I am a great fan of pottery but never thought that animation and pottery could go together! Who knew? So this video of such a collaboration is quite an eye opener. Animator Jim Le Fevre, artists Roops and Al Johnstone of RAMP Ceramics, and documentary filmmaker Mike Paterson created a film featuring a ceramic zoetrope for the Crafts Council.
A zoetrope is a device that creates an illusion of motion with static pictures. The group collaborated to create a clay pot that has prints of static birds and displays an animated show when spun at high speed. The project showed how the art of pottery can be merged with experimental animation. Watch the film about the project below.
I guess this was bound to happen....
Enjoy graffiti art. Drink Jameson. Sip complimentary Jameson Whiskey with your Wynwood graffiti murals tour. We will stop at galleries that exhibit graffiti and visit graffiti sights through the Wynwood Art District by artists like Retna, Os Gemeos, How & Nosm, Invader, Liqen, Nunca, Shepard Fairey and more. (Actual tours will vary.) Tour guests will receive a Jameson sticker that will entitle them to half price Jameson at Bar TBA for the remainder of the evening.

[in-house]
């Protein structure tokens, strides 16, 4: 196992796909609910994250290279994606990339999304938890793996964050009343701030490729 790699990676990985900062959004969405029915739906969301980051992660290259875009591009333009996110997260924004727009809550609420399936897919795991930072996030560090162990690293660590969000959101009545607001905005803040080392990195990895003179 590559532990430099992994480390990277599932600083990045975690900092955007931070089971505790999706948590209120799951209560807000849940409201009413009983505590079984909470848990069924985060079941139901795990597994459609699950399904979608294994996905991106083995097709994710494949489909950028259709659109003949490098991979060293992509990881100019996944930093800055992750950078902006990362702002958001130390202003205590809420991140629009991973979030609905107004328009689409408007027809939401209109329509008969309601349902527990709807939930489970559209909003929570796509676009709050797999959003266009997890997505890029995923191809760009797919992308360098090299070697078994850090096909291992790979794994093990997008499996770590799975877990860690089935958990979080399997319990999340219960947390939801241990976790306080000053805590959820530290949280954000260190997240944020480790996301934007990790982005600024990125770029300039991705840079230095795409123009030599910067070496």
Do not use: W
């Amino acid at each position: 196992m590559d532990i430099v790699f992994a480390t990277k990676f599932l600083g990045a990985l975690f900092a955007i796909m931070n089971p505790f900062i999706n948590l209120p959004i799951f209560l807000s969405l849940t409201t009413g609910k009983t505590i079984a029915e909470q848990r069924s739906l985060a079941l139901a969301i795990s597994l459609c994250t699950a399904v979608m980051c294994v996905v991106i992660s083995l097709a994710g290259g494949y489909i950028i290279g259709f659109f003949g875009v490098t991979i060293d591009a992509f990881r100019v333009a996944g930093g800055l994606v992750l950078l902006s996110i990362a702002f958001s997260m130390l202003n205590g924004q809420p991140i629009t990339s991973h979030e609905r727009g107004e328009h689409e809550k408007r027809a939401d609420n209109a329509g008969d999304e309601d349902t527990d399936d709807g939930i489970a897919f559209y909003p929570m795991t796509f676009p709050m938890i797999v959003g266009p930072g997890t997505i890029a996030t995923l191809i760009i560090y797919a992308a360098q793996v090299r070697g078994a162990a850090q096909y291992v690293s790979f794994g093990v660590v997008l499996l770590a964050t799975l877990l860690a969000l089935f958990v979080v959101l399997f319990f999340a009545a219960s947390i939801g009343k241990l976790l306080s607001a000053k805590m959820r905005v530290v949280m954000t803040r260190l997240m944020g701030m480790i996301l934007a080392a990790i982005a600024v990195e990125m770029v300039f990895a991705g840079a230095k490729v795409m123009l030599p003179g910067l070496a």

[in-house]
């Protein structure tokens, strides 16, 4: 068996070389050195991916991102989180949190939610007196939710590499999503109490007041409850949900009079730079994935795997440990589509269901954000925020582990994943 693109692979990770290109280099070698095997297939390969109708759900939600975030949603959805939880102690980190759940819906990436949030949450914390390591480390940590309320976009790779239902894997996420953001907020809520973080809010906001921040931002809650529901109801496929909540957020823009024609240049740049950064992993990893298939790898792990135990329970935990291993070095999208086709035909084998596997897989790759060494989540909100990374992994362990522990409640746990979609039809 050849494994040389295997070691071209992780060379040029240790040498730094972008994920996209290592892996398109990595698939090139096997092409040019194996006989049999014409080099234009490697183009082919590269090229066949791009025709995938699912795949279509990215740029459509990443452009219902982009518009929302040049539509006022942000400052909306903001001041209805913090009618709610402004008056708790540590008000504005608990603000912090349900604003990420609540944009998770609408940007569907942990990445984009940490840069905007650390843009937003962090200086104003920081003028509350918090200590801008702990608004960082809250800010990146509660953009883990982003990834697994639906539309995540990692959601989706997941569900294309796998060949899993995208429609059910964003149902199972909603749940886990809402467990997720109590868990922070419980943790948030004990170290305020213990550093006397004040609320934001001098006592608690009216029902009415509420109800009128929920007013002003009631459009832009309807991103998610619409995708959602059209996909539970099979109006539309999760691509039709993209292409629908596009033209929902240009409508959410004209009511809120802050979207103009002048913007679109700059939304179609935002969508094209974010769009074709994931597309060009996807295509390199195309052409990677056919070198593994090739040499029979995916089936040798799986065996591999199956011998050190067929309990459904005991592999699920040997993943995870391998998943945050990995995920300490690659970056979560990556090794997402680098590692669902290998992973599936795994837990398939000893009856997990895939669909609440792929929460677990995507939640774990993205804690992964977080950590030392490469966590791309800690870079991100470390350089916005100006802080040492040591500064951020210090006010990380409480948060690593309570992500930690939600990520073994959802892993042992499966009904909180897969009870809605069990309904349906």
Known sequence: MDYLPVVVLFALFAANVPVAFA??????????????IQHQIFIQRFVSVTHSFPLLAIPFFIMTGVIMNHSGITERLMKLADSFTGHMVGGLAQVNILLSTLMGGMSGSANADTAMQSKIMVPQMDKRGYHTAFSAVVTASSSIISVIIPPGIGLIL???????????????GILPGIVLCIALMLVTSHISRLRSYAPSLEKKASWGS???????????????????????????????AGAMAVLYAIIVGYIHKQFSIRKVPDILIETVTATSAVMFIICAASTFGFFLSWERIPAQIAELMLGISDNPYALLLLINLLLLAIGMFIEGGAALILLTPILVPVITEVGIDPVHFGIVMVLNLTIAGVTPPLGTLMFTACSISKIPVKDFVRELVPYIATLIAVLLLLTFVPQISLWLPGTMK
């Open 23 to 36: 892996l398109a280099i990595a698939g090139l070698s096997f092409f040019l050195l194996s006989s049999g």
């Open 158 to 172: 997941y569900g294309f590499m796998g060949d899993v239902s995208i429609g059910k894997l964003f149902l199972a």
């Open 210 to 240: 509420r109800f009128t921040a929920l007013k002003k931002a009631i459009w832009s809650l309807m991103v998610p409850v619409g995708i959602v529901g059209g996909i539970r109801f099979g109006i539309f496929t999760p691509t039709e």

If you are in New York City and are interested in the history of New York graffiti, check out the Museum of the City of New York and the City as Canvas exhibit.
The exhibit is from the collection of Martin Wong who saw the beauty and the value of graffiti and collected amazing artifact and art from that era and bequethed it to the museum. The exhibit showcases original art, sketch books, jackets and other types of memorabilia. A must see for graffiti fans.
I was there last night for a panel on New York subway graffiti in the 1970s and fondly recall that time when our subway cars showcased some of the most beautiful graffiti ever. The first era of subway graffiti was dubbed "Broadway" because it started on the IRT Broadway line (the number 1 train) and around 1972-73, it moved to the 23456 lines (also IRT) in the Bronx. I remember all those trains and how beautiful they looked. I traveled the 1 train every day to school in those years. The most beautiful stations were 145th and 157th streets where graffiti covered the walls from floor to ceiling. I am so happy that this is being recognized for its artistic value and stature in the art world as a movement.
Now we just have to get back 5 Pointz.
The exhibit is open from February 4 - June 27, 2014. Plenty of time to get there. There is also a great companion book called City as Canvas: New York City Graffiti From the Martin Wong Collection which you can order online.
Time Out New York is a great supporter of Street Art. They covered my work a couple of years back when I had an exhibit on Staten Island. Just recently, they interviewed street artist Vera Times. Here is a link to the full article.